Growing up in a small town in Northern California, there weren’t many people who meditated regularly. In fact, I didn’t know anyone else whose parents did it. It seemed kind of exotic and strange.
I remember asking them what meditation was and thinking it sounded crazy. Why would anyone want to sit and be still and quiet? How could that possibly be enjoyable? Being a kid, it sounded like torture. But as I got a little older, I began to understand the concept of being still and removing the judgment about our thoughts.
And eventually I tried meditating. For me, it was the opposite of calming. It was pretty much exactly as I imagined it was when I thought about it as a kid. It felt awkward. It was too quiet. I was too aware of everything. My hands itched. My breathing sounded weird. Maybe it’s from years of dancing, but I had too much awareness of my body. I couldn’t stop thinking about where my hands were and if my back was straight. I stopped after about 5 minutes and didn’t try it again for a couple of years.
Meanwhile, my parents got very serious about their meditation practice. In addition to meditating twice a day for about 50 minutes each time, they started going on silent meditation retreats...spending days, even weeks, meditating. I simply could not wrap my adolescent brain around this concept. I wanted to think about things. I wanted to get answers. I wanted action, not stillness.
But since then, meditation has become much more common—even trendy. It’s no longer something tied to Buddhism. There are now apps that help guide your meditation and millions of people are integrating it into their lives. Even my husband meditates. And every so often I try it again. But I have yet to enjoy it. It still feels uncomfortable. I have not discovered how to meditate without spending almost the entire time listening for the sound of my alarm to let me know it’s over.
Despite this, I could tell that I was yearning for something that would allow me to create some stillness in my life. Maybe not complete stillness, but enough to slow down my anxious mind that races uncontrollably most days.
What I have discovered is that I can do other things that soothe me the way I imagine meditating soothes other people. If I feel particularly anxious or worried, I’ve started doing things very slowly. Normally I like to get things done quickly. I will rush around multi-tasking, being as efficient as possible.
But one day several years ago, I realized I didn’t have to do things quickly. I could do them slowly and take time to experience what I was doing. So now sometimes I choose to do things with no regard for how long it takes me. I take a task like doing the dishes and turn it into an experience to try and clear my mind of extraneous worry. I take time to focus on the feel of the water and the sight of the glossy surface of the soap suds. When I’m doing a task with purpose, I don’t try to rush through it to get to the next chore, I take time to really pay attention to every detail because I find that, when I do, I can’t think about anything else because I'm focused on things like the shape of the food that's stuck on the plate or the sound of the water hitting the pan.
If I’m nervous about something—for example, a meeting or an event I’m going to—I take the 15 minutes before I leave and do something that I have to completely focus on. I'll write words on paper over and over, focusing completely on how I’m forming the words. Or if I pick a word that is meaningful, I will simply just repeat that word to myself as I write it. I will go for a walk and keep my entire focus on what I’m seeing: trees, sky, pebbles, dog. And I find that this does calm me. This stops the swirling thoughts in my head. It removes the emotional cloud I feel trapped in because I purposely choose to focus all my attention on something that has no emotion attached to it.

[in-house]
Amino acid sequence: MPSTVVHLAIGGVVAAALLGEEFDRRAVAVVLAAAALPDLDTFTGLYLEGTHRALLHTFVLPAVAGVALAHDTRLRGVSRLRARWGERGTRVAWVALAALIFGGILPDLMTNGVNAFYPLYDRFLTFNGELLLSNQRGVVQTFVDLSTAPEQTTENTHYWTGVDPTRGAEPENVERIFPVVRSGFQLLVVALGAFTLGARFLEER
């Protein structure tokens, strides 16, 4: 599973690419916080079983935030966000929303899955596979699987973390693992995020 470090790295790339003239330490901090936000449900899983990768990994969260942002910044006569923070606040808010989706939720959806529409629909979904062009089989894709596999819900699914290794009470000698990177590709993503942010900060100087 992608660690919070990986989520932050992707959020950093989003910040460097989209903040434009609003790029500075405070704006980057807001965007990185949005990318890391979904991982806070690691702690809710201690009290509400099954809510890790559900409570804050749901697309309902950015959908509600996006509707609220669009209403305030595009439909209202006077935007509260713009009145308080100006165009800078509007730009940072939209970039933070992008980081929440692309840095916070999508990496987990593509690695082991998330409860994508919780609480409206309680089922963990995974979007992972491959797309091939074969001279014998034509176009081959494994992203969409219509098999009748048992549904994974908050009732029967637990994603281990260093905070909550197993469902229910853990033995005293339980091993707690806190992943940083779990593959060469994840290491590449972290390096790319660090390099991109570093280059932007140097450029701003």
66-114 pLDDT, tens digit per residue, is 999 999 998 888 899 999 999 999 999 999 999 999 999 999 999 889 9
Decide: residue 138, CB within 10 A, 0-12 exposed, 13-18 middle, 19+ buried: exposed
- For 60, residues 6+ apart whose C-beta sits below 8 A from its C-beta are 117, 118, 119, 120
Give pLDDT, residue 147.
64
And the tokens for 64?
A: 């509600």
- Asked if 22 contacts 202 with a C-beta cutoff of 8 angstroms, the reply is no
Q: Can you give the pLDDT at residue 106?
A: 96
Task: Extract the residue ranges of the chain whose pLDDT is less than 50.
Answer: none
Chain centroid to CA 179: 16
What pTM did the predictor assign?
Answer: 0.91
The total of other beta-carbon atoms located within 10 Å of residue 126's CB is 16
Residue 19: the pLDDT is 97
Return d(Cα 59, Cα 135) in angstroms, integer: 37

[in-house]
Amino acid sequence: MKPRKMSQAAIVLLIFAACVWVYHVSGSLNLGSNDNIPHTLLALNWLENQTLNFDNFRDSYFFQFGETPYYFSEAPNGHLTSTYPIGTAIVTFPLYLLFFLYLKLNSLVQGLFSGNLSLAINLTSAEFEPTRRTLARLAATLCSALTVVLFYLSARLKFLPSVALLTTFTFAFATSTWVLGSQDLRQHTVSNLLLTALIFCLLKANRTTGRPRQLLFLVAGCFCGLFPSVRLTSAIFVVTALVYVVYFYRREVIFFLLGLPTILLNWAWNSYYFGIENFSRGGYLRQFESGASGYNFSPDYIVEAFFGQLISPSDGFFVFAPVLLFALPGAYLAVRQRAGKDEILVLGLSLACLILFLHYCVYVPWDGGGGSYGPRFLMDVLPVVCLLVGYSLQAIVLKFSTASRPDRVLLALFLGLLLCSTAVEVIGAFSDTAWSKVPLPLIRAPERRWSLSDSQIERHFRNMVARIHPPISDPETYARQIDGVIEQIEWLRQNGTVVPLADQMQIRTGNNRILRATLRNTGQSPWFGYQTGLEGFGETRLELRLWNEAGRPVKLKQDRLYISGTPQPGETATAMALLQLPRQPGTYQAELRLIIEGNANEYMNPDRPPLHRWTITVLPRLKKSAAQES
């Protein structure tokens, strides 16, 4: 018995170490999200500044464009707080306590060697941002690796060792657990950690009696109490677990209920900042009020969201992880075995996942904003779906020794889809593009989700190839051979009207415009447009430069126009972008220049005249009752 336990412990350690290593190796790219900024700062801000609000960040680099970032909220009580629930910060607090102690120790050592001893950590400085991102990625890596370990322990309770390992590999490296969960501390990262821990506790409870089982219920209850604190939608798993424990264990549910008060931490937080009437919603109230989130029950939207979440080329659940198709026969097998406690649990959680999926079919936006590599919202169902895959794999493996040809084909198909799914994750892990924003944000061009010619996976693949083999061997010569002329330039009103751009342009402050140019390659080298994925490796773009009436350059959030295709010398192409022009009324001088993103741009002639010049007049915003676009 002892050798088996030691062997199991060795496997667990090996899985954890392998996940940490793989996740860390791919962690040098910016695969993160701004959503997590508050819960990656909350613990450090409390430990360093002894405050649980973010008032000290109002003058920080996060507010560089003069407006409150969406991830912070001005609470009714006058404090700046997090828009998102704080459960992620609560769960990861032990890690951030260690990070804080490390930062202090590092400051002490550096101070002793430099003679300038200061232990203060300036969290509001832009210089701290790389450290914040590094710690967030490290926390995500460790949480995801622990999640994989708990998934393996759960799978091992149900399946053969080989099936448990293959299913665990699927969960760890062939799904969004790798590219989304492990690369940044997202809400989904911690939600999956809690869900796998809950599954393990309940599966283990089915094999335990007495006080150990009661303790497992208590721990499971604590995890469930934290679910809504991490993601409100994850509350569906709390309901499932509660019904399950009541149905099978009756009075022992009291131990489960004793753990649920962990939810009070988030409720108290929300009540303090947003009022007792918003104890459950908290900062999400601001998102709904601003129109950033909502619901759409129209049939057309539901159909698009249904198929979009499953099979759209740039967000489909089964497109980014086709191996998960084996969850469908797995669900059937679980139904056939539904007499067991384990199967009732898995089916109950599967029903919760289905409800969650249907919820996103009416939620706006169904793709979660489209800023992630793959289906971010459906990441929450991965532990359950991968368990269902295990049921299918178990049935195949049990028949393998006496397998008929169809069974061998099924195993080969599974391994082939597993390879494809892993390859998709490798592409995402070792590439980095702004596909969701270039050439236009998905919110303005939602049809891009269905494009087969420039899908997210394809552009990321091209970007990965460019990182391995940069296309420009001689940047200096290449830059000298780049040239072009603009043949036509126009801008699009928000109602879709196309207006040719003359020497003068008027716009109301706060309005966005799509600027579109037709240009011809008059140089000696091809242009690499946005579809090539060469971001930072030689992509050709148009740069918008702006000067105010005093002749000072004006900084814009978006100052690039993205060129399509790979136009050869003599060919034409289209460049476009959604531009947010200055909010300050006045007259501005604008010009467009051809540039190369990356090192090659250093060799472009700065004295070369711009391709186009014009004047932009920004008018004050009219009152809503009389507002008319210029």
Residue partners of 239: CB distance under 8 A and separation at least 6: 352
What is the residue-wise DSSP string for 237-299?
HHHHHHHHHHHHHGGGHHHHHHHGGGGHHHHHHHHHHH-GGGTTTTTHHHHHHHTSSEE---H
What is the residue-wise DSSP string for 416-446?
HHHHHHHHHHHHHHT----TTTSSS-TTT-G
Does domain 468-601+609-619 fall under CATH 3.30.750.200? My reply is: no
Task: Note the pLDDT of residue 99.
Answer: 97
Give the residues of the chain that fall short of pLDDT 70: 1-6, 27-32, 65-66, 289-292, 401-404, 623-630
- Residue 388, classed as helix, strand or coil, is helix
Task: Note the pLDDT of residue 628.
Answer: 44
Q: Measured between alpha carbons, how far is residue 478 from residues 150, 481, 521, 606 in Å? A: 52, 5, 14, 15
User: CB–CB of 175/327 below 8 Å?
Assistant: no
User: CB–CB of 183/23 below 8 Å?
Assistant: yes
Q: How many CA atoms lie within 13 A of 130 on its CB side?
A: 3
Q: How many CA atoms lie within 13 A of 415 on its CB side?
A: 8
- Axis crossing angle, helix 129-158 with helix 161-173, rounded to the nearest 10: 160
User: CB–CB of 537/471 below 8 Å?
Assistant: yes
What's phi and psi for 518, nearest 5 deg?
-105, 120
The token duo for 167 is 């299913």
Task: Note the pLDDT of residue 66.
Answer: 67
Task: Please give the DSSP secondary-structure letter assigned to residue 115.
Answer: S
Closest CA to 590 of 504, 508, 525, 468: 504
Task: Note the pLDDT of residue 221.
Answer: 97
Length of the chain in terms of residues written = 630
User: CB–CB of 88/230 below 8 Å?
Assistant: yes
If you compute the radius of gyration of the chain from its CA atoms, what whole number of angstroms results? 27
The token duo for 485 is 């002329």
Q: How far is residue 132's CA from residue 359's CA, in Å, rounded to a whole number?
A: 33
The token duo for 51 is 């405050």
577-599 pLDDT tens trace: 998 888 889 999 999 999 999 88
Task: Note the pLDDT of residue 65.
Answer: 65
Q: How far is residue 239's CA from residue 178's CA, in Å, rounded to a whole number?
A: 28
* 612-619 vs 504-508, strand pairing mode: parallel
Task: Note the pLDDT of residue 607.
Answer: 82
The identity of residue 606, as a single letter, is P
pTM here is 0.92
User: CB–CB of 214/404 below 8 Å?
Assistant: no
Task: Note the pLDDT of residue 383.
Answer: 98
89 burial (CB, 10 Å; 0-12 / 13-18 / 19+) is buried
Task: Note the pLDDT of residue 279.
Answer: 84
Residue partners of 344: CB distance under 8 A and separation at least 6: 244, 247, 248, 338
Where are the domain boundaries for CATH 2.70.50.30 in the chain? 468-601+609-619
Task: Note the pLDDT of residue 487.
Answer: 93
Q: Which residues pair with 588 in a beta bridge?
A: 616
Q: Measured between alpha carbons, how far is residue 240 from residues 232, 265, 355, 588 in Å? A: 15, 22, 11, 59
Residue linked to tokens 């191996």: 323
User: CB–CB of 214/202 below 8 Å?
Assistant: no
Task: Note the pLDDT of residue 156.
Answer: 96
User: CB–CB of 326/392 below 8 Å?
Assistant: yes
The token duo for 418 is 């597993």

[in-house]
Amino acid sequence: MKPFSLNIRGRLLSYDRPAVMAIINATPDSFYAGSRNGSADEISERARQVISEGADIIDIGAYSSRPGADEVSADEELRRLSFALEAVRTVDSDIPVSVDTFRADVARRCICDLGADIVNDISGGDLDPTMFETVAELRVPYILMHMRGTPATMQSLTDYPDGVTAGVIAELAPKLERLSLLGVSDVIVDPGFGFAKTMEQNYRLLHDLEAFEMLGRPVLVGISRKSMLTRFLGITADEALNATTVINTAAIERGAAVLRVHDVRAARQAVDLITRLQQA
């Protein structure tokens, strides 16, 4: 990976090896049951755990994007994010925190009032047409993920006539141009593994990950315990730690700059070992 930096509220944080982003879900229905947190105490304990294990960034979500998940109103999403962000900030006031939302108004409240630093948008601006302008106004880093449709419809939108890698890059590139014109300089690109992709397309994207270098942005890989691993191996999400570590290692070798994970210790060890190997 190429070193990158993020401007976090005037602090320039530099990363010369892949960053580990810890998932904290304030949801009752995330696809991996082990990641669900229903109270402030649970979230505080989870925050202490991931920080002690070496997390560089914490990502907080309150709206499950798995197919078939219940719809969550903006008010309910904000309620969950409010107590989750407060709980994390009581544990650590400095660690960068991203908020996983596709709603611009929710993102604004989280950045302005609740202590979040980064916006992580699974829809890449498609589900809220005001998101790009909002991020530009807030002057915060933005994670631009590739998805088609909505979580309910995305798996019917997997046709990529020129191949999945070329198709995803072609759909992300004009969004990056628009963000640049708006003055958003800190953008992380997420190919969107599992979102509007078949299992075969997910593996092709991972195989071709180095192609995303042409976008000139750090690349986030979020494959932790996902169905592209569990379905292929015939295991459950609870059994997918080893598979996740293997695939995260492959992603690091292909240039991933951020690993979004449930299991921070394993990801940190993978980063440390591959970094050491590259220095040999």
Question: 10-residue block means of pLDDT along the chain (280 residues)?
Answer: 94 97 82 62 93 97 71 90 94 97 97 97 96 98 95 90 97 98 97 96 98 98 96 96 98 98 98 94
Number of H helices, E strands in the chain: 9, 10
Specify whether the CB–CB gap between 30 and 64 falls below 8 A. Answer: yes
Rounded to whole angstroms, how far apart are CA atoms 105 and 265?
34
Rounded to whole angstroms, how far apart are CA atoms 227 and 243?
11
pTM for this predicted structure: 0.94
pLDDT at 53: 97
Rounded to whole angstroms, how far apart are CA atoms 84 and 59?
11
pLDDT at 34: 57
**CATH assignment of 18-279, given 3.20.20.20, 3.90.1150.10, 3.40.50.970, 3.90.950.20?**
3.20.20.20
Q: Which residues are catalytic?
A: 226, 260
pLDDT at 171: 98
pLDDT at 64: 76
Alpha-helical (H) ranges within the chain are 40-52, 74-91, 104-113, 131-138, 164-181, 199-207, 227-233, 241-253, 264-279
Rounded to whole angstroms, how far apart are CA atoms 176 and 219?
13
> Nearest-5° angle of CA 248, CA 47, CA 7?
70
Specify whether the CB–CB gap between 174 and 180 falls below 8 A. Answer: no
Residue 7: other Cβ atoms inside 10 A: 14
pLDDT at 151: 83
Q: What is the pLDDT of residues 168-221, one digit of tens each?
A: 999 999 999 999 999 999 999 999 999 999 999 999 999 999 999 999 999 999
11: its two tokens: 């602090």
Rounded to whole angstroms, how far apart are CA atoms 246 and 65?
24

And I like to think of this as my own form of meditating.
I’m sure some people will scoff and say it’s not meditating, but I guess it doesn’t matter what anyone wants to call it. Particularly because it’s a very personal thing that will be different for everyone. For me, I am looking for ways to remove some of the chaos in my mind that I create for myself. And that’s what it took all these years for me to really understand. Meditating isn’t the process itself. It’s not the sitting in a certain position. It’s not about what incense is burned or what chime is played. I’m sure that ritual and routine is very helpful for people. But mediating is not about what is done, it’s about what the result is. It’s learning how to free our minds from the burden of thinking. And there isn’t just one way to accomplish that.
And now, a few questions for my mom...
Note from Toni: I could talk for an hour about meditation—my ups and downs with it, all the different techniques, etc. I'll try to keep my answers short though!
When did you start meditating?
I started with Buddhist meditation in 1991, but many years before that I learned a technique called Transcendental Meditation (although it wasn't transcendent for me...just relaxing, maybe because it was only for 20 minutes!). I did that for a few years but stopped because I had a toddler and always felt too busy and distracted.
There are dozens of meditation techniques, even within Buddhism, partly because there are so many different schools of Buddhism. For example, Tibetan Buddhist meditation often involves visualization and mantras. Zen meditation can be very simple: just sitting (called shikantaza) and seeing what happens, or it can be quite challenging: sitting and repeating a koan over and over, such as "Who Am I? In my own tradition (Theravada) there are also several different techniques.